So I started this week with the primary goal of re-writing my stores and migrating them to use Immutable collections. In the last week’s post, I laid out the motivation on why this is a good idea and how it will speed up the React application.
While the benefits were clear, I was still not sure on how I could implement and exploit the collections provided by Immutable to my advantage. After numerous posts on forums, Github issues and IRC discussions I realized that I was looking at it from the wrong direction.
The key idea was explained to by Matt Greer whose extremely long and clear email helped me really understand the issue. With that out of the way, slowly and steadily I was able to migrate the store piece by piece to Immutable.
Initially it was a bit frustrating to keep updating nested structures using
set but after finding the
updateIn method, things got really good.
Throughout the store, I also keep track of two maps namely,
_questionMap which are basically mappings from the option ID to the question ID and from the question ID to the block ID respectively.
After finishing up integrating Immutable and adding
PureRenderMixin in all my components, my next goal was to quickly add a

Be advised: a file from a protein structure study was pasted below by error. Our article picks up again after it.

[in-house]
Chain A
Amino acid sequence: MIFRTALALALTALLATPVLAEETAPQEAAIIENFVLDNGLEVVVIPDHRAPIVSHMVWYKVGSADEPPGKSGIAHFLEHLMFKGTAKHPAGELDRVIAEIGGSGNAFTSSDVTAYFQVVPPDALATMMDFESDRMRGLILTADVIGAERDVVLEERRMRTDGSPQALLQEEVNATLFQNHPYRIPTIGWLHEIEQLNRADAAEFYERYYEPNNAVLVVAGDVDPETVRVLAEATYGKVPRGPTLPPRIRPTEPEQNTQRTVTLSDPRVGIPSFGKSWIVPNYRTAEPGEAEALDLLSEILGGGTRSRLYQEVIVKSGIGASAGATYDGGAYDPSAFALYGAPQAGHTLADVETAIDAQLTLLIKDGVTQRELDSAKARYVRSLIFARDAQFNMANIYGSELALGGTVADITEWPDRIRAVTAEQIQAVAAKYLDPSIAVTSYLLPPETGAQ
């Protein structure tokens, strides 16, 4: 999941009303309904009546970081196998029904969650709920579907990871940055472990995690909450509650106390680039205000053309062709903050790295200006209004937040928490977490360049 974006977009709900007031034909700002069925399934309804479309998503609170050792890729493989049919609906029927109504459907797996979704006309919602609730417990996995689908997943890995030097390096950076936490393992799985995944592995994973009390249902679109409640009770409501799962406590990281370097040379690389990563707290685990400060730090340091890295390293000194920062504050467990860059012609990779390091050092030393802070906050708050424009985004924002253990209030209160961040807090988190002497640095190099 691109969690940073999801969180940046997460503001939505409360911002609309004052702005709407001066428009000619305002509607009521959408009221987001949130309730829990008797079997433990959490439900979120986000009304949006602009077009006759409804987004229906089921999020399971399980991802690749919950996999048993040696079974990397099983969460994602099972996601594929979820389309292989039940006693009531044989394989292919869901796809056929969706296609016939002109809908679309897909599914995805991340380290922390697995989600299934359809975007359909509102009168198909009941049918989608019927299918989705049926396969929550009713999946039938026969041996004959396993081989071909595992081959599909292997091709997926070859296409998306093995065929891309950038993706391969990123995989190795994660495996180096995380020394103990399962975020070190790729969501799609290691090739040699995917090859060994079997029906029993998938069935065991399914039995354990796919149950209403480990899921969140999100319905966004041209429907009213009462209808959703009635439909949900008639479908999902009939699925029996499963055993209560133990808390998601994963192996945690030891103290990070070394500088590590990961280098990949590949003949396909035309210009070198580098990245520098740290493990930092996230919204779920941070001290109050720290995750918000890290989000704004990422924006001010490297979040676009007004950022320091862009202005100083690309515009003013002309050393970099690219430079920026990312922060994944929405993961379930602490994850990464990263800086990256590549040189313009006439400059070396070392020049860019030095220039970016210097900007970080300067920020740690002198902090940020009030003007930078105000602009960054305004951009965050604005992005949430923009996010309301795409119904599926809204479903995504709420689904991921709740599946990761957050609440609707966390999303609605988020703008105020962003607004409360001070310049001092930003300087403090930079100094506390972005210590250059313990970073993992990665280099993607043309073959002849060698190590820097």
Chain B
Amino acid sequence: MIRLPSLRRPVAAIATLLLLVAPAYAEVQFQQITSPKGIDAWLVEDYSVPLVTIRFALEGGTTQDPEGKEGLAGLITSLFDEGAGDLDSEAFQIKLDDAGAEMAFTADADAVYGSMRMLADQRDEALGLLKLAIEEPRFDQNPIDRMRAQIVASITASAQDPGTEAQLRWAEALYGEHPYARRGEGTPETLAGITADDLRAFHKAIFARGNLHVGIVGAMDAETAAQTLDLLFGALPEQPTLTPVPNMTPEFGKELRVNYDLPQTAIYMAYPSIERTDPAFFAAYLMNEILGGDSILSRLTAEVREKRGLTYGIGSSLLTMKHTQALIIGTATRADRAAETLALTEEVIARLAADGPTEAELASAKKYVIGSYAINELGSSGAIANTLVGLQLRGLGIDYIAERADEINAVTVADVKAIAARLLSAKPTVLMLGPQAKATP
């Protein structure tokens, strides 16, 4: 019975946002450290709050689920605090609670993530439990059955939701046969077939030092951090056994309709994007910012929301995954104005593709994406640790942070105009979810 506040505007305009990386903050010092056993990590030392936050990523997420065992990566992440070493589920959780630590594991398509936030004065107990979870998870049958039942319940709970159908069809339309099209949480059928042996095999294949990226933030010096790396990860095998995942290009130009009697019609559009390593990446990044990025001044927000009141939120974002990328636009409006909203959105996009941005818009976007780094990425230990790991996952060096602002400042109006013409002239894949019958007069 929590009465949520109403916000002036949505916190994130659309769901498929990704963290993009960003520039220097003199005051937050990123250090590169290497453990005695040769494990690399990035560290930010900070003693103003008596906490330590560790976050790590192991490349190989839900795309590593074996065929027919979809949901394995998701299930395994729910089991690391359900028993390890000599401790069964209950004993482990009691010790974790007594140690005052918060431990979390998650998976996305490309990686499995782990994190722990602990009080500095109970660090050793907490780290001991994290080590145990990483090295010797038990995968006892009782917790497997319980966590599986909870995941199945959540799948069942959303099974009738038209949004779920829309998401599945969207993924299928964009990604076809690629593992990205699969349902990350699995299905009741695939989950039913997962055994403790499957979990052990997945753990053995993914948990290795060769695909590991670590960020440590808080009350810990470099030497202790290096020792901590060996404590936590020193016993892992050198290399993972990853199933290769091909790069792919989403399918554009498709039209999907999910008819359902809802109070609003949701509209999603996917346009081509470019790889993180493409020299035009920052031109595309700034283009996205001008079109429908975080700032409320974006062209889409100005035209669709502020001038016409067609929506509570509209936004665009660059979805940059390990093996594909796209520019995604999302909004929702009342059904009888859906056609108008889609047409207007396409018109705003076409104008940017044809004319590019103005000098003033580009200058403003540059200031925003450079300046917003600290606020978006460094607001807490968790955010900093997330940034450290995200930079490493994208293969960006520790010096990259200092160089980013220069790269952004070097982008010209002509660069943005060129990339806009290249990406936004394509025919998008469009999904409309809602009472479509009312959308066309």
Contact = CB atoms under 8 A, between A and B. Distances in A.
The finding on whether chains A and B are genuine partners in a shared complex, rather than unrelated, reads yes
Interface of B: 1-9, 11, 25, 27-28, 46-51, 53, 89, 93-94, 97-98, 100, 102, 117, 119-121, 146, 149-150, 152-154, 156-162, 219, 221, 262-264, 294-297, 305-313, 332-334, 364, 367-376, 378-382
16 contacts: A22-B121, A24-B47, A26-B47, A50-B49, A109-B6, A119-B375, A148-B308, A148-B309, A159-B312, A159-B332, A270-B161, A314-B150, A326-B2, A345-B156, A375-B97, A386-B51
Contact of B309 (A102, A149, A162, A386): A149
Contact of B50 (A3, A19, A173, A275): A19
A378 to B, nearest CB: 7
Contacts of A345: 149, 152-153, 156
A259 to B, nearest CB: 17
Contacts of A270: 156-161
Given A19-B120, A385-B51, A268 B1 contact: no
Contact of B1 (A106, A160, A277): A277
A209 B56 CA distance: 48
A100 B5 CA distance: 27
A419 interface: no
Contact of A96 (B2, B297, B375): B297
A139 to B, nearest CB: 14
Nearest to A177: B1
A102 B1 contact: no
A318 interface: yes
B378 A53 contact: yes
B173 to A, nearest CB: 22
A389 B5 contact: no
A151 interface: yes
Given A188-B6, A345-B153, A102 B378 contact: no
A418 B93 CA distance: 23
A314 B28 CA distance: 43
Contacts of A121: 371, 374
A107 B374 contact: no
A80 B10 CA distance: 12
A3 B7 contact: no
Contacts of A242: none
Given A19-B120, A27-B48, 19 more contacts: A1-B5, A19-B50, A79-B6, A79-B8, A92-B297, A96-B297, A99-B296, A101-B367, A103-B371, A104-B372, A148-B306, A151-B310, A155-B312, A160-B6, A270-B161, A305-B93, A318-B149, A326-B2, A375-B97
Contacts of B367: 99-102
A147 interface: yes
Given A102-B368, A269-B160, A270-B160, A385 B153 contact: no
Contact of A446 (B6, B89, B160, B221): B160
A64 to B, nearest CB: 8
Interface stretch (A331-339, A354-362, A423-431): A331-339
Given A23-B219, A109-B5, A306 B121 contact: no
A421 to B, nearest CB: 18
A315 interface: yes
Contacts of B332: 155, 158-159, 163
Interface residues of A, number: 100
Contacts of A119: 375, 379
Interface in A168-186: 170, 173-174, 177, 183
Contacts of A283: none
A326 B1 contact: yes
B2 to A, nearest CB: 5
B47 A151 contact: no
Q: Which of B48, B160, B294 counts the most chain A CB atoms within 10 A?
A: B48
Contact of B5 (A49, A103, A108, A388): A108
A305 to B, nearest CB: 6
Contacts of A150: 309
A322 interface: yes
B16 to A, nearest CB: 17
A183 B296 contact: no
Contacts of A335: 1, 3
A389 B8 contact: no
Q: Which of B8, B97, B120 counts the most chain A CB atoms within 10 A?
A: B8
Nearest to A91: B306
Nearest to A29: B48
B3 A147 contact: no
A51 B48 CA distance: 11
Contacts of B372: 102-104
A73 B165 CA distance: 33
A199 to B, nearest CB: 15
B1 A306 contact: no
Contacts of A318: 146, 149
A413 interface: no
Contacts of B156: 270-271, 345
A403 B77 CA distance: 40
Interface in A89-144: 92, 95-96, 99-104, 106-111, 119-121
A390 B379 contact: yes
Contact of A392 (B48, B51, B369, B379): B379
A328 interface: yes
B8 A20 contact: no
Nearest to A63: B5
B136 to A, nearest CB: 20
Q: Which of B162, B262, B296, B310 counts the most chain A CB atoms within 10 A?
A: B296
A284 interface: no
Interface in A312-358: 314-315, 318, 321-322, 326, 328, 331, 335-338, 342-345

undo feature that would allow users to undo a destructive action.
The idea here is simple - at each stage cache the application state in a
history object and use that to go back when the user clicks on
The other side benefit that this allowed me was to add an undo feature which made sure users are allowed to go back any destructive action they carry out in the UI.
To make sure only destructive actions are cached, the
updateSurveyData takes an extra
cache param which when
true pushes the data into the history. After this, the undo operation is simple to implement.
That finally sums up the work that went in this week to finish two key features. With the architecture now stable, I feel much more confident in adding more features without impacting the performance. However, now that the codebase has grown to roughly ~1500 lines of code, it is high time to add a test suite so that refactoring becomes more managable and less scary.
The plan for this week, then, is to add tests and make the codebase more robust. Till next time.